Author Teresa Odle Published 12-15-2020
Hens and chicks, which have attractive, fleshy leaves in a rosette shape, will send up a long stalk that produces small flowers. But don't expect your hens and chicks to bloom immediately or every year. Only mature plants (three or more years old) tend to bloom, and often, conditions favor blooming in some years better than others, especially for hens and chicks that live outside all year. When it is time for the plant to bloom, it typically does so in summer when long, warm, sunny days support flower production.
When a hens and chicks flower stalk forms, it can cause some concern at first, since the bloom stalk can look like a bulge or strange stem that doesn't match the uniform growth of the plant's leaves. But keep an eye on that bulge or tall, growing center of the plant. It's likely a flower stalk that eventually produces pretty little star-shaped blooms. Signs your hens and chicks plant is about to bloom include closing of the center's leaves, that stretching main stem, or a tilted appearance to the rosette.
Why Are Hens And Chicks Growing Tall?
When a hens and chicks plants begin to bloom (often times called a "rooster"), the mature center of the plant will begin to grow tall and elongate. These typically low growing plants can all the sudden grow up to a foot tall. This process is known as the monocarpic process, and signals that the mature center of the plant is about to flower, produce seeds, then die off. Not to worry though, because the plant should have created several smaller rosettes before starting this process, ensuring the plants will not only live on, but spread and grow even bigger than before.
Cutting the stem off won't save the plant. So you might as well let the rosette bloom and enjoy the unique and beautiful flowers it produces!
Sometimes, hens and chicks get tall, or "leggy" because they are not receiving enough light and the plant is reaching in search of light. The stem from a leggy, light-deprived plant will look fairly weak and bare. A flower stalk will look rounder and lusher, with upward-facing bud clusters.
Here is an example of a hens and chicks plant that is "leggy", not about to bloom.
Does Pruning Help Hens and Chicks Bloom?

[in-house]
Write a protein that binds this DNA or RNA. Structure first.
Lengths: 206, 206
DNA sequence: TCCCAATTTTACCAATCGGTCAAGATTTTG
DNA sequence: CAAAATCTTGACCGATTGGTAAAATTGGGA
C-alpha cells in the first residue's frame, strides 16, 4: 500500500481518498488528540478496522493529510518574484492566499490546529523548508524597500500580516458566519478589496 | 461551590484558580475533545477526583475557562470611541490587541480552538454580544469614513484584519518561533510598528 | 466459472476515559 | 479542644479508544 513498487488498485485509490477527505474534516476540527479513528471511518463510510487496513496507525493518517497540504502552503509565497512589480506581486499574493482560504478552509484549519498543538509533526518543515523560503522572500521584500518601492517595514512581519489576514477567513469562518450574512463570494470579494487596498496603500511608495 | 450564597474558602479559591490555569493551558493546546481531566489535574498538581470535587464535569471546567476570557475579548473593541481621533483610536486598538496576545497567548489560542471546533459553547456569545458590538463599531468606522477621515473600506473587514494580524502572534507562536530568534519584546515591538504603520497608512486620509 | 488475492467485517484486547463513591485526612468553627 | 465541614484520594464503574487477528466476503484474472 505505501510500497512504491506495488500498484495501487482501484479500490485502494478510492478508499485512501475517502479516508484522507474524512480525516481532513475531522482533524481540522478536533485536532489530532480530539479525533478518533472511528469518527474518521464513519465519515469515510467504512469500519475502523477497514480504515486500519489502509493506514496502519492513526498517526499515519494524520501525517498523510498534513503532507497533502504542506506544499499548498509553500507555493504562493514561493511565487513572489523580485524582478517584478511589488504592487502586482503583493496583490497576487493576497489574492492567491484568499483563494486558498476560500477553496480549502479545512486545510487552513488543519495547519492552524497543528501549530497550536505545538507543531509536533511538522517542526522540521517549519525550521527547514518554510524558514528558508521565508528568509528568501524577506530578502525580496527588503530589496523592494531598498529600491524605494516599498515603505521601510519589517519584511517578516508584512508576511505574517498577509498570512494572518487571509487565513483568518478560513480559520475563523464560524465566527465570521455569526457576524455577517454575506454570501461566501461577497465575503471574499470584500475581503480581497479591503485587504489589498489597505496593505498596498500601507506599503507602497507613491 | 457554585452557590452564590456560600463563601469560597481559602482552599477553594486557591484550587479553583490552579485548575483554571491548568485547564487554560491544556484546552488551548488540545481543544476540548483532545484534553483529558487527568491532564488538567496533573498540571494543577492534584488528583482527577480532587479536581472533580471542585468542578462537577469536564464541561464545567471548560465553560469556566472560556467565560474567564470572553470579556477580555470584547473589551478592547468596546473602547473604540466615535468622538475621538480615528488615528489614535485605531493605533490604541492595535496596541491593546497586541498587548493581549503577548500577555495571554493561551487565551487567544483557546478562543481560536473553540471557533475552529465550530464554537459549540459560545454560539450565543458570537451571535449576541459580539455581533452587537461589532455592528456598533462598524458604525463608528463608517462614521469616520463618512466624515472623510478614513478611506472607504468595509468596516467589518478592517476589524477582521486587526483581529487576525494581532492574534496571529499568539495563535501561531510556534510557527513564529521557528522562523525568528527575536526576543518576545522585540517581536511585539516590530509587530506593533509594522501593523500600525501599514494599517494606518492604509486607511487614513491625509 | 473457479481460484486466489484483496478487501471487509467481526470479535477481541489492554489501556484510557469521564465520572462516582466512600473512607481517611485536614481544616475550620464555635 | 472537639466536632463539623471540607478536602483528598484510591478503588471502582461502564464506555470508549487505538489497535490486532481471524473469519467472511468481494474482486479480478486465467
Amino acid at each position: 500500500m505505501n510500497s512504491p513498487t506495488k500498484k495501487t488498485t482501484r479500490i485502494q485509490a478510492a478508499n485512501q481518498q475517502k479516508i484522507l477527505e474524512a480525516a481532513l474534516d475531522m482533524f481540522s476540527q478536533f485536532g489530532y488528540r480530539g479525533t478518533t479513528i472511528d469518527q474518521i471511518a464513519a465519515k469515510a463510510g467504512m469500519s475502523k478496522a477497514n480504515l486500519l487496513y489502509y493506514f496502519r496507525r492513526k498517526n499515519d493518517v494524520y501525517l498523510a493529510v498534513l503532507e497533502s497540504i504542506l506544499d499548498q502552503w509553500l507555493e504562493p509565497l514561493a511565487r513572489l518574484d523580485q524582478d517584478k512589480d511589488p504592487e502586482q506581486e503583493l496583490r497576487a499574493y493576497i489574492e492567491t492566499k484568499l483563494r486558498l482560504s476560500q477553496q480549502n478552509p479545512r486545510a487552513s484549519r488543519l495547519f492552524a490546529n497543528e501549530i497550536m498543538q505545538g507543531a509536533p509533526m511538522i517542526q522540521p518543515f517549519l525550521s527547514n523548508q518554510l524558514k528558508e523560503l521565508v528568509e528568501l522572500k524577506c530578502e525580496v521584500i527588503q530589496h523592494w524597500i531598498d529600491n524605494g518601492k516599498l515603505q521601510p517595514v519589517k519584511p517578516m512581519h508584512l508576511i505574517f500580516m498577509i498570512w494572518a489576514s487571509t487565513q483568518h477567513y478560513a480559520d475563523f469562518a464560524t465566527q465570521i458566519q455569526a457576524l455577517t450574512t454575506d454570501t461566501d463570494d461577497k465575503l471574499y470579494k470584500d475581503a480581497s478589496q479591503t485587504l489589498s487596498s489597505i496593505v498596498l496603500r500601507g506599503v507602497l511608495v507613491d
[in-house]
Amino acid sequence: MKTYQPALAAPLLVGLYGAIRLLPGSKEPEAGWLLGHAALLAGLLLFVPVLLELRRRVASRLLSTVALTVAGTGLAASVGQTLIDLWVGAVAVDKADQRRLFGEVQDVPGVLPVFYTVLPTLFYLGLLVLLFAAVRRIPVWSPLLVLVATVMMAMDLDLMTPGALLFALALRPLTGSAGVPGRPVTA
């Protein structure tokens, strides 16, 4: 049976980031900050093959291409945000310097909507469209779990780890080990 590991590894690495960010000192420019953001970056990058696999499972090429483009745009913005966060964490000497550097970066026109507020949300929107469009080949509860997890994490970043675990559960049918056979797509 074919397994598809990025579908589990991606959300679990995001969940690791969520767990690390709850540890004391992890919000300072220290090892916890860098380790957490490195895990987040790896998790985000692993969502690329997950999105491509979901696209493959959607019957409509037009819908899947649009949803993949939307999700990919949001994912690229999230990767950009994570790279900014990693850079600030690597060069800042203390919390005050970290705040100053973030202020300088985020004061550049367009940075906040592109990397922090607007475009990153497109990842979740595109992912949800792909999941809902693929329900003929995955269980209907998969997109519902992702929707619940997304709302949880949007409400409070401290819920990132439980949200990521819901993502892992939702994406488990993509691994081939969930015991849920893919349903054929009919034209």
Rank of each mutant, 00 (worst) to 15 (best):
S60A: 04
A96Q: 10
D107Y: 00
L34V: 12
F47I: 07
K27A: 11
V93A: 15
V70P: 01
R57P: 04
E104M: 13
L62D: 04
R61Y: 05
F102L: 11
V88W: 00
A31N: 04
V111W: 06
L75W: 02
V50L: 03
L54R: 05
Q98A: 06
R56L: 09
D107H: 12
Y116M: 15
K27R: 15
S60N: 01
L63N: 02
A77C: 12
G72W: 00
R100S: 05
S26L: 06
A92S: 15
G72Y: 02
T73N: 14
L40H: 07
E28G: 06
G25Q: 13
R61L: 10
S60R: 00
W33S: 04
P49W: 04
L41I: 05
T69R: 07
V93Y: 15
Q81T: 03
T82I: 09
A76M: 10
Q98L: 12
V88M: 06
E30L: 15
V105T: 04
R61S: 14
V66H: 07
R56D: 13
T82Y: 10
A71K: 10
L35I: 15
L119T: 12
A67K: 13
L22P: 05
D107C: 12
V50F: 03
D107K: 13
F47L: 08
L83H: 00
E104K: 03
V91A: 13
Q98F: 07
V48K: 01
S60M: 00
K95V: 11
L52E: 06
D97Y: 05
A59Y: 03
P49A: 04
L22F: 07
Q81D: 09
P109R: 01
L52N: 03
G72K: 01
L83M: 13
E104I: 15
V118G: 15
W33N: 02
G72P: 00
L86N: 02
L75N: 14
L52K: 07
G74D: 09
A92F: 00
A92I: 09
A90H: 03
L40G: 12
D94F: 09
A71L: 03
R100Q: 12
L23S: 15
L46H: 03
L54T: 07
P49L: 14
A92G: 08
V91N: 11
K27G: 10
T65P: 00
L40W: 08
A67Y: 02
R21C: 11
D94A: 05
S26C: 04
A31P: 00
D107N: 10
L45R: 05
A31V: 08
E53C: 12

Pruning or dividing your hens and chicks won't necessarily produce blooms. Just give the mature center rosette (or hen) time and it eventually should flower before it dies. You can keep the hen healthier, however, by dividing the plant if the offshoots (chicks) begin to grow into or over the hen (blocking the light going to the mature center). Just remove and repot the crowded chicks to start a new plant.
Does Fertilizing Hens and Chicks Help It Bloom?
Fertilizing won't necessarily force blooming on a succulent like hens and chicks; flowering takes time. But keeping the plant healthy so it continues to grow and reaches maturity after several years can ensure it reaches the flowering stage. This includes applying a diluted natural fertilizer once in spring and once in summer for potted hens and chicks, and less often for those growing outside, depending on the soil quality.
How To Get Hens and Chicks To Produce Blooms?
Just be patient, since you can't force blooms on these succulents. The center of the mature plant typically dies after blooming, so you will only see blooms once in its lifetime. After the blooms fade, pull them off the stalk. The chicks that have rooted become new plants, however, so you don't have to say goodbye to your hens and chicks permanently. Just remove the old hen and watch the chicks mature, eventually covering the space left by the original center and flowering on their own in future years.
How to Know My Sempervivum Is About to Bloom?
A bulge or stalk forms from the center
The bulge or stalk appears on a mature hen or center rosette
Most likely, outdoor plants bloom in summer. Container plants might bloom in late spring or summer, when indoor light increases.